To much Thanksgiving turkey could give your pet a tummy ache - or worse

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Q: Why do people go on TV every year warning against giving our pets turkey over Thanksgiving, when turkey is found in dog and cat food? C'mon, it's crazy! -- T.J., Providence, RI

A: You're right that there's nothing inherently dangerous about cats or dogs eating turkey.

Looking oh so cute and needy, pets can easily convince family members and guests to give them pieces of turkey. Of course, offering food from the table encourages begging, and that can be annoying while everyone is trying to enjoy dinner. Also, even small pieces of turkey add up; if Grandma, Aunt Sally and Uncle Buddy and neighbors Millie and Jerry each give your dog or cat some turkey, it's simply too much generosity.

To a fairly small dog or cat, even a decent-sized slice of a turkey is like a quarter of a bird to any of us. And just as in people, too much of a good thing can cause an upset tummy. If the turkey contains fat or there's skin on the meat, some pets have little tolerance and the result can potentially be life-threatening pancreatitis. On top of that, bones can cause an obstruction that could require surgery.

If you want to offer your pet a slice of white meat (only a very small slice for a small dog or cat), no harm done. What veterinarians and other pet experts are saying is, "Why take a chance when your pet will be just as happy with a dog chewie or a few cat treats?"

Q: Can cats get laryngitis? Our 8-year-old cat has lost her voice. One of our favorite things about Ess was that she would talk back to us when we spoke to her, especially when we said her name. According to the vet, her lungs are clear and x-rays show nothing. The veterinarian prescribed a medication that has not helped. Can you help? -- D.K., New Richmond, WI

A: "Cats can actually get laryngitis, mysteriously losing their voice for a short period of time," says Lebanon, OR-based Dr. Vicki Thayer, president of the Winn Feline Foundation (a non-profit which funds cat health studies). "Usually, then the voice returns in days, or at the most, a week or so. Otherwise, there may be a medical reason your veterinarian has not discovered (such as an upper respiratory virus, even bordetella). Or maybe there's nothing to discover. I currently have a client where the same thing happened; the cat spontaneously lost her voice. There's no medical explanation, and the cat still isn't talking after weeks. No one knows why this happens in some cats."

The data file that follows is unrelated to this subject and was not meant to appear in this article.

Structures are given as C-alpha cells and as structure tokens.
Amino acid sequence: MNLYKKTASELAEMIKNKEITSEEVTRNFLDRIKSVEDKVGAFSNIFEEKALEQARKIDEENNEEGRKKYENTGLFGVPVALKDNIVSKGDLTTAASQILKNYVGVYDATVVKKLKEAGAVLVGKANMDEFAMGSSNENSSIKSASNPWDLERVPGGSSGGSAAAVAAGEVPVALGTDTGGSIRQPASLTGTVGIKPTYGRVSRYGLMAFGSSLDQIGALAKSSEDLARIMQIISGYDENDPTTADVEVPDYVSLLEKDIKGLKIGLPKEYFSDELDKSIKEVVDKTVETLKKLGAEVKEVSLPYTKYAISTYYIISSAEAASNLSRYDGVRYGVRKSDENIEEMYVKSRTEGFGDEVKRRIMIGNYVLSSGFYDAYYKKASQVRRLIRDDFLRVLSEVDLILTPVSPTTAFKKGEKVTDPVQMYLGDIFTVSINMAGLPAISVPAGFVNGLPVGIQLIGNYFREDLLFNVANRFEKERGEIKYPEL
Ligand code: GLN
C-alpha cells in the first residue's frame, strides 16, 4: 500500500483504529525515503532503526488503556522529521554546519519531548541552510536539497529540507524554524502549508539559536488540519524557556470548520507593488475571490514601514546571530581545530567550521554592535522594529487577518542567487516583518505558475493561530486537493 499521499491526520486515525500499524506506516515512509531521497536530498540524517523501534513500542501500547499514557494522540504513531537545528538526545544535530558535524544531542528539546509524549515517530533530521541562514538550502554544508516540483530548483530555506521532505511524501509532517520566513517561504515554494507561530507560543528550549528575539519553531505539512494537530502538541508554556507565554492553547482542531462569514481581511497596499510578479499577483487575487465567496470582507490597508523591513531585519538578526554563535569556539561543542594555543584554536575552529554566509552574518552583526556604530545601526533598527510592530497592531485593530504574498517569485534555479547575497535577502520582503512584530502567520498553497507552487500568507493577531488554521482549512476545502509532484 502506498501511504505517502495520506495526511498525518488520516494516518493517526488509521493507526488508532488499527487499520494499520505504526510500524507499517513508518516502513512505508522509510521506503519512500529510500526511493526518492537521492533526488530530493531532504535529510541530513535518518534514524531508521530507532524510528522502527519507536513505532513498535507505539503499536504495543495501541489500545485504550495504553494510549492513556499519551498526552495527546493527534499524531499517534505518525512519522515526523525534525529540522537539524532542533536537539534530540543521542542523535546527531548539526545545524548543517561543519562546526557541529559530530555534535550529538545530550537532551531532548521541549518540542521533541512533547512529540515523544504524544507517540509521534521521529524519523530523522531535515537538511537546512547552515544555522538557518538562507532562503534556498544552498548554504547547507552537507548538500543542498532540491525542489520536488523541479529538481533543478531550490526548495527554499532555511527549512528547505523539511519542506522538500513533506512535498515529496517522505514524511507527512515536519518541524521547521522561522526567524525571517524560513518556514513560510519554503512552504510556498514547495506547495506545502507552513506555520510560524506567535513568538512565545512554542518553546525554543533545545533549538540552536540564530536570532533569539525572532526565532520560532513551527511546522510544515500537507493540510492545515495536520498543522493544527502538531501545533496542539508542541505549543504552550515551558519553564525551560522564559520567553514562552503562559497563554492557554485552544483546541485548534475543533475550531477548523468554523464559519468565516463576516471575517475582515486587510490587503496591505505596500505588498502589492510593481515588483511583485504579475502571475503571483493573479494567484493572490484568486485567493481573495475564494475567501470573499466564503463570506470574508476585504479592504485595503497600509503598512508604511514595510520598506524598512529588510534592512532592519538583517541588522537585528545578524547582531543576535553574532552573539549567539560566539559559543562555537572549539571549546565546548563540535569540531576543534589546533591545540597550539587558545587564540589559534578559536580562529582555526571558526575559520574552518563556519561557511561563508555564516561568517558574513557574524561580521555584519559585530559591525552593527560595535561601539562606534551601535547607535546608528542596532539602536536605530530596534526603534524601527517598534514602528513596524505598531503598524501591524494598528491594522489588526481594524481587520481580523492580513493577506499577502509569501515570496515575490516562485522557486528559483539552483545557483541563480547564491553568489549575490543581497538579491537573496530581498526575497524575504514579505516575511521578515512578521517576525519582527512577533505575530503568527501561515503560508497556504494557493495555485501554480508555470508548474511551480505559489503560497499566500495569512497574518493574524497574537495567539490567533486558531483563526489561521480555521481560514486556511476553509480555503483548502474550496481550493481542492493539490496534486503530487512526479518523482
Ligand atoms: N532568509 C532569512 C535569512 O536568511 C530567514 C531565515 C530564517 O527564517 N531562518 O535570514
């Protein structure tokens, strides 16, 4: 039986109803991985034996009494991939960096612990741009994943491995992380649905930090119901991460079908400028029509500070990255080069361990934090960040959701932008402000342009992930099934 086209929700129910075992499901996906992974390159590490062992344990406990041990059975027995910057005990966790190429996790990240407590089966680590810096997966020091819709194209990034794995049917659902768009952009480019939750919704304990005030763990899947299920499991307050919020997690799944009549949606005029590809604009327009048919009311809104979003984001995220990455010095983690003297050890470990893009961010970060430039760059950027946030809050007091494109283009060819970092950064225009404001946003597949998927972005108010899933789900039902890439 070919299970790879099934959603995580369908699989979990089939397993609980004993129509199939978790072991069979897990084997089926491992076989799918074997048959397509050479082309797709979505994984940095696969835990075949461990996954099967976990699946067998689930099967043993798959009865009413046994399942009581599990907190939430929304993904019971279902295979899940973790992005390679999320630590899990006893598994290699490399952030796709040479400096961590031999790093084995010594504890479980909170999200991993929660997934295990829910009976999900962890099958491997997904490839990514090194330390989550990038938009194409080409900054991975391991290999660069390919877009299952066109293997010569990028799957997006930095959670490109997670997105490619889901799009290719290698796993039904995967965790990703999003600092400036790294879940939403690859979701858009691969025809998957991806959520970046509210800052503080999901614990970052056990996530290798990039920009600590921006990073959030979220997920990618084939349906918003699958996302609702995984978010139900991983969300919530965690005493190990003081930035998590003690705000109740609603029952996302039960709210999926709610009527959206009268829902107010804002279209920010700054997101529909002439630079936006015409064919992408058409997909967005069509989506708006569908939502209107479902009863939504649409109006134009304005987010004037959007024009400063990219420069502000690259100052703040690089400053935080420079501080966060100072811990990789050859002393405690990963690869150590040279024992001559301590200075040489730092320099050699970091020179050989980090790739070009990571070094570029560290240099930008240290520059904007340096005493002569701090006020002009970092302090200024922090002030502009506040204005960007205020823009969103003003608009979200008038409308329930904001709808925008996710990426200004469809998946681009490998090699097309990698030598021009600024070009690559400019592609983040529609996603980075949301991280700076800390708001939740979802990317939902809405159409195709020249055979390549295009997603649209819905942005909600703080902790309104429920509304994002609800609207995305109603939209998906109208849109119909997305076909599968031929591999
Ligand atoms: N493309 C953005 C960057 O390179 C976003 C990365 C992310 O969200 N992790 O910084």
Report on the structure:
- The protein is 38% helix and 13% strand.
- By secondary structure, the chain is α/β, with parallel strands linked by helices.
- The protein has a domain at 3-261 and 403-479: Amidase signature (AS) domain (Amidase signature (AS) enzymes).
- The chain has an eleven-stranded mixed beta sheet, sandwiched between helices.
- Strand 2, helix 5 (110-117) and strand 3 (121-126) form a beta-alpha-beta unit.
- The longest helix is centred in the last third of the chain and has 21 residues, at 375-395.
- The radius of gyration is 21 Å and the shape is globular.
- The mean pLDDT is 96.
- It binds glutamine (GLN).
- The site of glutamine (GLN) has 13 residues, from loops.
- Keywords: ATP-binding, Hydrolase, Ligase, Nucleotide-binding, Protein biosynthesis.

Perhaps the problem is that this cat simply has no more to say. However, Thayer responds, "It's a cat, so I doubt that's the case."

Q: My veterinarian says he can do a dental (procedure) for our 6-year-old dog without anesthesia. He says all the dog needs is "a dental touch up." What do you think? I read your recent column on this topic and will abide by your advice. -- B.J., Hartford, CT

A: "The only way to diagnose disease below the gum line is a full mouth x-ray, which requires anesthesia," says Dr. Kate Knutson, Bloomington, MN-based president of the American Animal Hospital Association. "Since you simply can't find many serious problems if a dental is done without a dog being anesthetized, then why bother? My clients come back to me less often with serious dental problems because we do the dentals proactively right the first time. Not only does this save them money, but it also may prevent a pet from suffering."

Q: My granddaughter's Shih Tzu sometimes doesn't pee or poop in a 24-hour period. She took him to the vet to see if there was a blockage, but there was none. The dog also won't relieve himself in the rain. What's going on? -- M.M., Cyberspace

A: The dog could be constipated, but since he won't do either No. 1 or No 2, and probably does his business normally most of the time, this is suggestive of a behavior problem, according to Dr. Sheldon Rubin.

"Regularity in your dog's schedule will help to make your dog regular," says Rubin, of Chicago, Ill. Feed your dog at near the same times daily, and at least until you get this issue under control, cut the between-meal snacks. Also, Rubin suggests asking your veterinarian about adding pumpkin or fiber to the dog's diet to encourage regularity.

It's unusual for dogs (especially small dogs) to go 24 hours without urinating. Is it possible this dog is having accidents in the house, which your granddaughter either isn't divulging or knows nothing about? Or when he's let out in the yard, the dog is, indeed, piddling, but your granddaughter hasn't noticed?

Rubin suggests taking the dog for leash walks -- if possible where other dogs have been, which is stimulating. And just as you would with a puppy, instantly provide praise and a special treat when the dog succeeds at doing his business. Also, maintain a schedule in writing of exactly when the pup poops and/or pees.

When it comes to dodging the rain, dogs aren't stupid; many don't like to get wet. Have fun in the rain. When it's just drizzling or raining lightly (don't begin this process during a thunderstorm), have your granddaughter take her pup outside and encourage play. She could even give the dog some treats, or channel Gene Kelly and do some singin' in the rain. Of course, your granddaughter might get wet, too!

(Steve Dale welcomes questions/comments from readers. Although he can't answer all of them individually, he'll answer those of general interest in his column Send e-mail to PETWORLD(at)STEVE DALE.TV. Include your name, city and state. Steve's website is; he also hosts the nationally syndicated "Steve Dale's Pet World" and "The Pet Minute." He's also a contributing editor to USA Weekend.)

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